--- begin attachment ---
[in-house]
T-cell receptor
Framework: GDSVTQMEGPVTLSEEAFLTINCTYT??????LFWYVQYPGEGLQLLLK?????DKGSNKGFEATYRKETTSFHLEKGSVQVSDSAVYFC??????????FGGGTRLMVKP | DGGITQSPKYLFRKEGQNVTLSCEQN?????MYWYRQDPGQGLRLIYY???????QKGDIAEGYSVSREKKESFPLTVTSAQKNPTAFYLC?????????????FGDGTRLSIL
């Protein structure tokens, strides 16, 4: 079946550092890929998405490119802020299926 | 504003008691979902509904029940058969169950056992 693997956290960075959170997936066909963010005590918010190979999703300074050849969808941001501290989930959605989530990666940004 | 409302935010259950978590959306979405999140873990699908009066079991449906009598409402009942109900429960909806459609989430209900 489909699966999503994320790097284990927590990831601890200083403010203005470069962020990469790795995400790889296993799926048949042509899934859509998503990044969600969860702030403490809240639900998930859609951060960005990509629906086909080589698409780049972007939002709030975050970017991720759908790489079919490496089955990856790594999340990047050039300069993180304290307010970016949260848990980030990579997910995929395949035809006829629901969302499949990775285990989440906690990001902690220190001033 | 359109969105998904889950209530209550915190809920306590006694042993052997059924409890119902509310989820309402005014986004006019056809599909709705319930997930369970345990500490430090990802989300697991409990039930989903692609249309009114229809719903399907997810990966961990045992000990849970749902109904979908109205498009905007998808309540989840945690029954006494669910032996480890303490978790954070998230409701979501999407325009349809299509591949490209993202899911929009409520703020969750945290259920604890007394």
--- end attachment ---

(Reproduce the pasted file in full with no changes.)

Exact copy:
[in-house]
T-cell receptor
Framework: GDSVTQMEGPVTLSEEAFLTINCTYT??????LFWYVQYPGEGLQLLLK?????DKGSNKGFEATYRKETTSFHLEKGSVQVSDSAVYFC??????????FGGGTRLMVKP | DGGITQSPKYLFRKEGQNVTLSCEQN?????MYWYRQDPGQGLRLIYY???????QKGDIAEGYSVSREKKESFPLTVTSAQKNPTAFYLC?????????????FGDGTRLSIL
């Protein structure tokens, strides 16, 4: 079946550092890929998405490119802020299926 | 504003008691979902509904029940058969169950056992 693997956290960075959170997936066909963010005590918010190979999703300074050849969808941001501290989930959605989530990666940004 | 409302935010259950978590959306979405999140873990699908009066079991449906009598409402009942109900429960909806459609989430209900 489909699966999503994320790097284990927590990831601890200083403010203005470069962020990469790795995400790889296993799926048949042509899934859509998503990044969600969860702030403490809240639900998930859609951060960005990509629906086909080589698409780049972007939002709030975050970017991720759908790489079919490496089955990856790594999340990047050039300069993180304290307010970016949260848990980030990579997910995929395949035809006829629901969302499949990775285990989440906690990001902690220190001033 | 359109969105998904889950209530209550915190809920306590006694042993052997059924409890119902509310989820309402005014986004006019056809599909709705319930997930369970345990500490430090990802989300697991409990039930989903692609249309009114229809719903399907997810990966961990045992000990849970749902109904979908109205498009905007998808309540989840945690029954006494669910032996480890303490978790954070998230409701979501999407325009349809299509591949490209993202899911929009409520703020969750945290259920604890007394």